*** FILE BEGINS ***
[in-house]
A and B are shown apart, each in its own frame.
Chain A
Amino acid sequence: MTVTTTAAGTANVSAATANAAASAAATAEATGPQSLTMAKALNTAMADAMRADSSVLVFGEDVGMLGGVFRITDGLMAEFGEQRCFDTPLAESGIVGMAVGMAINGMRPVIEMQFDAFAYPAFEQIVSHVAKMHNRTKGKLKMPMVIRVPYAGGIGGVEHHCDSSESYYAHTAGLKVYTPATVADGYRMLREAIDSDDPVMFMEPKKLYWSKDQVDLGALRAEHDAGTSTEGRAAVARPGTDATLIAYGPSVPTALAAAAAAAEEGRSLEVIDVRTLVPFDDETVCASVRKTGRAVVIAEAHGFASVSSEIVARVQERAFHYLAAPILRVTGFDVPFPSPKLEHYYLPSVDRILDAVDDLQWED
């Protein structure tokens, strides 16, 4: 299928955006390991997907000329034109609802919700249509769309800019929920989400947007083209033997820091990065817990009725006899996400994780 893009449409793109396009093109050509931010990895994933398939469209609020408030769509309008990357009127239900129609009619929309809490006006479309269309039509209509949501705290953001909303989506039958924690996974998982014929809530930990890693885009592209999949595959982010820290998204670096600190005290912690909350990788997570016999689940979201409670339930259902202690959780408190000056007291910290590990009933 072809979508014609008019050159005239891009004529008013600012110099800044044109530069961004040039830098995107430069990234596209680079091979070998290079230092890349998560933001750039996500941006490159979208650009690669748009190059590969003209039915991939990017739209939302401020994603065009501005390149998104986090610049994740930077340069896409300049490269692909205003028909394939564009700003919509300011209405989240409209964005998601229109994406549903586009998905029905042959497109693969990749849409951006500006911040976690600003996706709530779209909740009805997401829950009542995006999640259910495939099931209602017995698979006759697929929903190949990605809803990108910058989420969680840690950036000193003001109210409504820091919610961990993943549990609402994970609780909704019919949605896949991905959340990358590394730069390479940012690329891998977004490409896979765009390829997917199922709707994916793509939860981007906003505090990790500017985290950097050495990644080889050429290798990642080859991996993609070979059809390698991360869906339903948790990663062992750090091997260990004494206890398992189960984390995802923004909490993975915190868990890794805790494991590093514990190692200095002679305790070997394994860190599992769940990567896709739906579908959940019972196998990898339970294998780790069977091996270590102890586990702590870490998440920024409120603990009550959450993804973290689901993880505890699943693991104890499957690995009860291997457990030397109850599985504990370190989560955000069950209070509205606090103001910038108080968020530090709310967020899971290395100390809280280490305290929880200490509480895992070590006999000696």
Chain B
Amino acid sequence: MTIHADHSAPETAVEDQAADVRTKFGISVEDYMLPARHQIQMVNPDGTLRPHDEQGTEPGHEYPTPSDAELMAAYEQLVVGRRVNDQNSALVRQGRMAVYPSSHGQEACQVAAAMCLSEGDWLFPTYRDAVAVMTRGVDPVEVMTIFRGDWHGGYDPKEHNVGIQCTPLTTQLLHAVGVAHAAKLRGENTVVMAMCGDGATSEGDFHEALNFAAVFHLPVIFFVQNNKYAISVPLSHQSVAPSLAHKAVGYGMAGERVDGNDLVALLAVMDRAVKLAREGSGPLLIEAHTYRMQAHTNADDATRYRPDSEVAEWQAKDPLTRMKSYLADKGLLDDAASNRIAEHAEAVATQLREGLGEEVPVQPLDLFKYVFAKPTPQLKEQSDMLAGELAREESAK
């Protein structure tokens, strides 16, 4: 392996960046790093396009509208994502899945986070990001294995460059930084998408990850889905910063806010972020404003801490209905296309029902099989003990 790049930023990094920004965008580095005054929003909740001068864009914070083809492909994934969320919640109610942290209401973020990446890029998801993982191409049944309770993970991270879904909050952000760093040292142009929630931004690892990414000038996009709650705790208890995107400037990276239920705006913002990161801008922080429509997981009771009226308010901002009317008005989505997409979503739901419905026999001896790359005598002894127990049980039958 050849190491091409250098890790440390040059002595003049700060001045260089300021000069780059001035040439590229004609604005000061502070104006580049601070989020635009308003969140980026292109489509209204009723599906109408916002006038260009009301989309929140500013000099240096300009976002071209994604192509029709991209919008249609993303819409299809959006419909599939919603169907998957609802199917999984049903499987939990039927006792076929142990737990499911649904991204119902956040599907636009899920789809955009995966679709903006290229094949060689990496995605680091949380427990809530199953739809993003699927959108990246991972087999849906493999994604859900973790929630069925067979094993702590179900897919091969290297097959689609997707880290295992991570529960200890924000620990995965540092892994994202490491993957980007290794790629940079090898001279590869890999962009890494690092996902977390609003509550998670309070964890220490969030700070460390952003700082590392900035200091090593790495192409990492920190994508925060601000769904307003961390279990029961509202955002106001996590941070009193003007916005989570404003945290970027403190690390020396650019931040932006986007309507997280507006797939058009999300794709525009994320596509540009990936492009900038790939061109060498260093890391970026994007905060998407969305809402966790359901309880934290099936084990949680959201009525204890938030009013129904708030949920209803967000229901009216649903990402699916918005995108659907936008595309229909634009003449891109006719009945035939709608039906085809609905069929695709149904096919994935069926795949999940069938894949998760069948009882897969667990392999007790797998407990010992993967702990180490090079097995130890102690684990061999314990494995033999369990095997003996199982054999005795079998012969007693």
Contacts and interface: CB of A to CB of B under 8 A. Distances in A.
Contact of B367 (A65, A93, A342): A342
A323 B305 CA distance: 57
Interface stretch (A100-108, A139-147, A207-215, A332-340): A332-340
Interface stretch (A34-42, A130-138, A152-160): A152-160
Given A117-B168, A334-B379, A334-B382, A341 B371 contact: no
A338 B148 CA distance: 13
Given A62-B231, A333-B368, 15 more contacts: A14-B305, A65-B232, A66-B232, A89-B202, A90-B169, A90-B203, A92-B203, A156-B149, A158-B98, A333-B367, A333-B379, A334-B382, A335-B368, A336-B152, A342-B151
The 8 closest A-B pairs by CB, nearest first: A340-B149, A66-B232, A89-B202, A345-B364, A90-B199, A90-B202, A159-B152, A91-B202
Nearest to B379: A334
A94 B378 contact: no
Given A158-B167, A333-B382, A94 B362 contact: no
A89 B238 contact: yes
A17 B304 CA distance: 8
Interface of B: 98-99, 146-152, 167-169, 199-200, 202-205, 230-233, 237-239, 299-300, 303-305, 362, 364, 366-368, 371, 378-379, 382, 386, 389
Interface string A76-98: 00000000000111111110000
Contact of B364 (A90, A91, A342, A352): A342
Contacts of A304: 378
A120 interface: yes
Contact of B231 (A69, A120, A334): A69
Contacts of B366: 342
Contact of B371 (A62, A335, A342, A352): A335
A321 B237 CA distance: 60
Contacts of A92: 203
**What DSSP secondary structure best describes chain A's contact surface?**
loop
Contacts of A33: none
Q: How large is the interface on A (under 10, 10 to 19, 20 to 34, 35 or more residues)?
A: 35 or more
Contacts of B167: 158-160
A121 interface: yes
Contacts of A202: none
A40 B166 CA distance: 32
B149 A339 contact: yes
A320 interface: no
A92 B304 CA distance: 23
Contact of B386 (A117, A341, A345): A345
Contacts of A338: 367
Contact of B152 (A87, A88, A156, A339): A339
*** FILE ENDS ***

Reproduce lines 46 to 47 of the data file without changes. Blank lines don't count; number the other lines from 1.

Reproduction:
Contacts of A338: 367
Contact of B152 (A87, A88, A156, A339): A339